Machine Learning-based Image Compression: Ready for Prime Time?

Wednesday, May 22, 4:55 PM - 5:25 PM
Summit Track: 
Technical Insights II
Mission City M1-M3

Computer Vision is undergoing dramatic changes because deep learning techniques are now able to solve complex non-linear problems. Computer vision pipelines used to consist of hand engineered stages mathematically optimized for some carefully chosen objective function. These pipelines are being replaced with machine-learned stages or end-to-end learning techniques where enough ground truth data is available. Similarly, for decades image compression has relied on hand crafted algorithm pipelines, but recent efforts using deep learning are reporting higher image quality than that provided by conventional techniques. Is it time to replaced discrete cosine transforms with machine learned compression techniques. This talk will examine practical aspects of deep learned image compression systems as compared with traditional approaches. We consider memory, computation and other aspects in addition to rate-distortion to see when ML-based compression should be considered or avoided. We also discuss approaches using a combination of machine learned and traditional techniques?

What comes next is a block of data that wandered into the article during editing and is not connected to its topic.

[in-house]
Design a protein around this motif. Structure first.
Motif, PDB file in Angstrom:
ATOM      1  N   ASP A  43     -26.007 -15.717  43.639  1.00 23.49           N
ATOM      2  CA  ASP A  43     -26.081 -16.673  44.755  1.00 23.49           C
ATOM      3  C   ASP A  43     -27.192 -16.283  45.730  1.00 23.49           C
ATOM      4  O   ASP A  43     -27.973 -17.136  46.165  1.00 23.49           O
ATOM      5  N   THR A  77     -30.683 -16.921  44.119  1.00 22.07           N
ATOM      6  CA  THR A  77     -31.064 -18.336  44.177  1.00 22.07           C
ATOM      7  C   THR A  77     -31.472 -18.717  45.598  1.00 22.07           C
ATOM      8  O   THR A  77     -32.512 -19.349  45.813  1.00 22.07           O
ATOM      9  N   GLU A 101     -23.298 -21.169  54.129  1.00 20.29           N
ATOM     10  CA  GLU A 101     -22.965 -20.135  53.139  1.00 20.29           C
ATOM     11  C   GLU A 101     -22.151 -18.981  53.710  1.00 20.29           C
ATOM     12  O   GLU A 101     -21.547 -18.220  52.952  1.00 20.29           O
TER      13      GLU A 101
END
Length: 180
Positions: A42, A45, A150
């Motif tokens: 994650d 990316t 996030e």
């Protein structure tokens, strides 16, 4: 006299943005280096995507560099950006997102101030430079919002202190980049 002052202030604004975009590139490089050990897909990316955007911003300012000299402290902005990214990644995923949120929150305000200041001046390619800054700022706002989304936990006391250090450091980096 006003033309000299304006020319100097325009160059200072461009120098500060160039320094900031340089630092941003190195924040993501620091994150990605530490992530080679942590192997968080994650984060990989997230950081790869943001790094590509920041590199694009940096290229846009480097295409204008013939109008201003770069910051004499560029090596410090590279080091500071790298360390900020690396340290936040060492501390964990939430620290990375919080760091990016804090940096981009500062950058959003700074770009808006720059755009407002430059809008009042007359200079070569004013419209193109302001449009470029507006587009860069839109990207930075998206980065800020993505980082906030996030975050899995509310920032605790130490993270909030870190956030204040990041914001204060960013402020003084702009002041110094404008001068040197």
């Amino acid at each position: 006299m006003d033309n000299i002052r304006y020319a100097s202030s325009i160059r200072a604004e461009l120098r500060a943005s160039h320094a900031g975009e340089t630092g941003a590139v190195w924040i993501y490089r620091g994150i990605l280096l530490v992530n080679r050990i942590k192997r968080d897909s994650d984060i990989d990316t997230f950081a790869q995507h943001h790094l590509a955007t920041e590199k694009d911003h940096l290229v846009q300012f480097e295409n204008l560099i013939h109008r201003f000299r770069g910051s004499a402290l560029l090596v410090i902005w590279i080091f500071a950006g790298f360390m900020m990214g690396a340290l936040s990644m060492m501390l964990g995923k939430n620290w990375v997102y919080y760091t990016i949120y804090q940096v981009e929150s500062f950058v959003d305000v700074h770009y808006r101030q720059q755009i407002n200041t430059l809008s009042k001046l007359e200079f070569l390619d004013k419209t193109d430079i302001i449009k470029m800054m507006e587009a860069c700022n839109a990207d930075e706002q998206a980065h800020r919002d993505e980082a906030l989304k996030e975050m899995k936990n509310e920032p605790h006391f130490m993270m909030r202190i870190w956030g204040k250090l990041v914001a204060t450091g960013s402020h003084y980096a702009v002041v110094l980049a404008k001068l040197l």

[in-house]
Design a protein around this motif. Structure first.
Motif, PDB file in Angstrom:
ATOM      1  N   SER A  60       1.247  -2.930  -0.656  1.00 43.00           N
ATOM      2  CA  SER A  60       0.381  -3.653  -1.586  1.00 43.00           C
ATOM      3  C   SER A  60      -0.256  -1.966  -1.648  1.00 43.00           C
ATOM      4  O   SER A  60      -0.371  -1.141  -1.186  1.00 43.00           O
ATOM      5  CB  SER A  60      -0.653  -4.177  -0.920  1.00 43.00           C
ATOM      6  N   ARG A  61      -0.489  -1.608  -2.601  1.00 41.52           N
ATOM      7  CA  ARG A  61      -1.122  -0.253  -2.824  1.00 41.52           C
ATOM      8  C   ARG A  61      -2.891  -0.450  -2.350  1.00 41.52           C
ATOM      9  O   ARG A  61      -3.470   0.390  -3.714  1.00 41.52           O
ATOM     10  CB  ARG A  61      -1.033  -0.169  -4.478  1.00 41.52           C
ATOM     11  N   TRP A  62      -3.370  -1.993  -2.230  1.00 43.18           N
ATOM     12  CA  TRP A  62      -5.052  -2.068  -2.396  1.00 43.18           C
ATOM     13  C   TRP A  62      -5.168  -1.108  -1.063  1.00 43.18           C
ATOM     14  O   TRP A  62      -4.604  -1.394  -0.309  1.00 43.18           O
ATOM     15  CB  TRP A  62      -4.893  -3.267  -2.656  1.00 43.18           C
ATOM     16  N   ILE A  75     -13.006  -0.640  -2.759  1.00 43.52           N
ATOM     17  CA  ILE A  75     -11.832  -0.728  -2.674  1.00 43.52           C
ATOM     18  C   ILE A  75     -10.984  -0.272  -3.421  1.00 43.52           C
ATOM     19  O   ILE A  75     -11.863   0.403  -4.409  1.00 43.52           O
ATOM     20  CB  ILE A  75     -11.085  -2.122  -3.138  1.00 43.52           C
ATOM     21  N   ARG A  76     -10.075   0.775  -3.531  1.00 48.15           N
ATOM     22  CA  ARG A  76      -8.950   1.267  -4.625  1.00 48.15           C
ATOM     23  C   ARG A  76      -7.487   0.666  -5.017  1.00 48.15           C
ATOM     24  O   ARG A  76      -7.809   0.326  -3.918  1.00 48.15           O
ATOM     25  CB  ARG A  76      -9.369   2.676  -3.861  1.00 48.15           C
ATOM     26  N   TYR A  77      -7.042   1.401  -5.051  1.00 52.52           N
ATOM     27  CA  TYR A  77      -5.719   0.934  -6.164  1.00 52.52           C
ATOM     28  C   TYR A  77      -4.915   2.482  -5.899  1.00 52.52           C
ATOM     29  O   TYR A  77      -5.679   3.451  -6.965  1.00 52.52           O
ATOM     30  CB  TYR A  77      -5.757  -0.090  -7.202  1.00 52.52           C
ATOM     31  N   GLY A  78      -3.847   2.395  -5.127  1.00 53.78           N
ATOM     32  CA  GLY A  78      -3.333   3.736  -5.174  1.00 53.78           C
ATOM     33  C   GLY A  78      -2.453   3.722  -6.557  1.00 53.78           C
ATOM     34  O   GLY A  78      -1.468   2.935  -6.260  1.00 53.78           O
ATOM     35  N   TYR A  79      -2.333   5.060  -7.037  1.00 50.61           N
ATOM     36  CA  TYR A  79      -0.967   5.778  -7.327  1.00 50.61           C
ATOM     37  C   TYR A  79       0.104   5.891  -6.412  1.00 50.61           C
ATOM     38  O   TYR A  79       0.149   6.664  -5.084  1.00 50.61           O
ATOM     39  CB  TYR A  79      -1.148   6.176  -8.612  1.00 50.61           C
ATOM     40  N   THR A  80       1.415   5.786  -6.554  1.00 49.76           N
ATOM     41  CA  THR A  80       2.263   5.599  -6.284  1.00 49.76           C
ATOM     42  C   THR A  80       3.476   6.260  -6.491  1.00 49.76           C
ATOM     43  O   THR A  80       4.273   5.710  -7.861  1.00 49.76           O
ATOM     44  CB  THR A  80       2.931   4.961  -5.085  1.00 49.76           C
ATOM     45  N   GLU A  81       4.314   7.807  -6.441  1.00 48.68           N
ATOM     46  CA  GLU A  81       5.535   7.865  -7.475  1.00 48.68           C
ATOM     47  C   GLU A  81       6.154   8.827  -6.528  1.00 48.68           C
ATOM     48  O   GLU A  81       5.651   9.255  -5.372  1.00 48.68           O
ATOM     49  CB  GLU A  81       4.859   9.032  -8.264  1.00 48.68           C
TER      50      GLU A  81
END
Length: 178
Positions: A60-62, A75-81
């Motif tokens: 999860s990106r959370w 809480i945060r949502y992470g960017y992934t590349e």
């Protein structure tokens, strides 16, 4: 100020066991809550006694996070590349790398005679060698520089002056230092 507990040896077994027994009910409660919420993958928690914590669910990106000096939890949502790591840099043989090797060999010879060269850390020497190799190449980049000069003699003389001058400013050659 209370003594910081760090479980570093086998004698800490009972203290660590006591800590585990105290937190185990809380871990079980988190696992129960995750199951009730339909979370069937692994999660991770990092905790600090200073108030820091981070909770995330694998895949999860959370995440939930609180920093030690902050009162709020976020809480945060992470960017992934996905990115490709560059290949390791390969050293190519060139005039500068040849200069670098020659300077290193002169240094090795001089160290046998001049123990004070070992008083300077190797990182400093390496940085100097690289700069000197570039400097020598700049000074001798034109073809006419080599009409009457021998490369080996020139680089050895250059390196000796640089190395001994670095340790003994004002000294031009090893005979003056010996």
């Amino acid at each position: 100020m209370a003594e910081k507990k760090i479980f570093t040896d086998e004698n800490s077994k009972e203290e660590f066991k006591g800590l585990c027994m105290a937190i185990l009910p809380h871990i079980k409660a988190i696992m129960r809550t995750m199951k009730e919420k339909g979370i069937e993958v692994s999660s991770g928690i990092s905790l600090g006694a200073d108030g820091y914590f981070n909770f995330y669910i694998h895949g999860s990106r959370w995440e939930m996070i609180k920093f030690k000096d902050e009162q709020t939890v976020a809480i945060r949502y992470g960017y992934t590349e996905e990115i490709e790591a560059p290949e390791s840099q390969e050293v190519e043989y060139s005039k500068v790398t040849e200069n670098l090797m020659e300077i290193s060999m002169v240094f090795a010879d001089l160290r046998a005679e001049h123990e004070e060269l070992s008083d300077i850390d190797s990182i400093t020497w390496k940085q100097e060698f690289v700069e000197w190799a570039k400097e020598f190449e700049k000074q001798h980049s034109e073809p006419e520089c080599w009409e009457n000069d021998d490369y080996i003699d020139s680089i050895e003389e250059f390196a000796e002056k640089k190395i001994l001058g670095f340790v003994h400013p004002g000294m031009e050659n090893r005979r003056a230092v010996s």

Michael Gormish

Research Manager, Clarifai

Michael Gormish is leading research at Clarifai, working on better machine learning for image classification, visual search and object detection. At a previous startup he was responsible for two search engines which connected images from mobile phones to AR experiences. His research as a computer vision scientist has included inventing algorithms used in video games, digital cinema, satellite and medical image acquisition. He led several aspects of the JPEG 2000 standardization and provided key inventions used in photocopiers, digital cameras, tablets and imaging services. Michael was named Ricoh Patent Master for being a co-inventor of over 100 US patents. He earned a Ph.D. degree in Electrical Engineering focused on image and data compression from Stanford University and has served the research community as an Associate Editor of the IEEE Signal Processing Magazine and the Journal of Electronic Imaging. Currently he is interested in changing the world via image understanding.

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